Wine for Easter and Passover with Karen Page & Andrew Dornenburg |

Wine for Easter and Passover with Karen Page & Andrew Dornenburg

Ham, lamb, gefilte fish, deviled eggs and marshmallow Peeps. Like most holiday meals, Easter and Passover brunches and dinners can provide quite the wine pairing conundrum. With so many contrasting flavors appearing on the table, what to drink? We turned to Karen Page and Andrew Dornenburg, co-authors of The Food Lover's Guide To Wine for advice.

For Brunch: Go Sparkling
Bubbles have the advantage of being both celebratory and famously food-friendly. Consider a dry Blanc de Blancs Champagne or a domestic sparkling wine to pair with deviled Easter eggs. Or try a Bugey, Brachetto d’Acqui, or Moscato d’Asti, which all have a touch of sweetness that will help them stand up to sweets Hot Cross Buns.

With Ham: A Fruity White, Red or Pink
Baked ham may seem like a difficult pairing but in reality it can go with white, red or rosé wine. The trick is to work with lighter, fruitier wines. For whites, look to Riesling or Gewurztraminer. For reds, go for Beaujolais or Pinot Noir.

To Pair With Lamb: A Deeper Fruity Red
While lamb is a classic pairing with Pinot Noir, it also pairs well with other fruitier red wines – such as Shiraz or Syrah.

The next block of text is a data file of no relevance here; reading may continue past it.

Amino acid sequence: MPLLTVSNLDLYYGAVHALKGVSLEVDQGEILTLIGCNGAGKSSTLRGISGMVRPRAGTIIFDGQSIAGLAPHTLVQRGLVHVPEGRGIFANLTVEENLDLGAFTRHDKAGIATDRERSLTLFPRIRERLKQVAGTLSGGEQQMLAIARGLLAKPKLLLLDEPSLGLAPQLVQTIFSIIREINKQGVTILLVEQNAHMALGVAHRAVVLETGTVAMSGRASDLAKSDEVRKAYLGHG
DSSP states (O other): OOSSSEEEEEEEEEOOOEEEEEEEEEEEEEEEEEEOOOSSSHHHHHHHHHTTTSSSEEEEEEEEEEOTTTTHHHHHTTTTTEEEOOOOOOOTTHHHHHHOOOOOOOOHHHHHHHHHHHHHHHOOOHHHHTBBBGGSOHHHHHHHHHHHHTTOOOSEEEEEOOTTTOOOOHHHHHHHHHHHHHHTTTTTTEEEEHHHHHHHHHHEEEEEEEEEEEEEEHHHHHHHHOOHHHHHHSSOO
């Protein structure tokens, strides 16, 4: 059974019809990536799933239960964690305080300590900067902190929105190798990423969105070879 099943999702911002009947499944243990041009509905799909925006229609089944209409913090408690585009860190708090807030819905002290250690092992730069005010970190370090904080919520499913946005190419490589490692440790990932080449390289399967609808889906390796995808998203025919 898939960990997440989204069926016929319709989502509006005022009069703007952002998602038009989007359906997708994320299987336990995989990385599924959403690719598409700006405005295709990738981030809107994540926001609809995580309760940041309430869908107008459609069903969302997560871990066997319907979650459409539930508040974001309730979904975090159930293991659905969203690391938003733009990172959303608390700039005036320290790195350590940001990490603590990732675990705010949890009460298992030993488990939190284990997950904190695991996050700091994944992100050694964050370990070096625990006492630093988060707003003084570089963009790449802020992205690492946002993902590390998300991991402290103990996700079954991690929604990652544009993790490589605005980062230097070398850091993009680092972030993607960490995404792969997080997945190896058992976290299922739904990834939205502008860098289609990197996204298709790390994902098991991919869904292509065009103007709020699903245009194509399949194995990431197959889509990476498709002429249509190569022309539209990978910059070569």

With Chocolate: Banyuls, Tawny Port or PX Sherry
When it comes to dark chocolate, you need look no further than the “Holy Trinity” of wines that enhance the flavor of chocolate.

For Gefilte Fish: A High-Acid, Racy White Wine
Cut through the richness of gefilte fish with a high-acid white wine, such as Sauvignon Blanc or even a Blanc de Blancs Champagne or similar domestic sparkling wine.

With Chopped Liver: Fruity and/or Slightly Sweet White Wine
While the combo doesn’t quite have the opulence of foie gras and Sauternes, you can also enjoy chopped liver with a white wine that has a hint or more of fruitiness and/or sweetness, such as Gewurztraminer.

For Roast Chicken or Turkey: Chardonnay
Chardonnay with little to moderate oak will pair beautifully with roast chicken or turkey.

With Beef Brisket: Fuller-Bodied Red Wines
To stand up to red meat, look for fuller-bodied red wines, such as Shiraz or Syrah (same grape, different countries).

For Flourless Chocolate Cake: Sweet, Fruity Red Wine
Look for sweet wines made with red grapes (e.g. Late Harvest Zinfandel) or even pomegranates.

With Macaroons: Sweet, Fruity White Wine
The coconut flavors in macaroons are beautifully complemented by a sweet, fruity white wine such as a Late Harvest Gewurztraminer.


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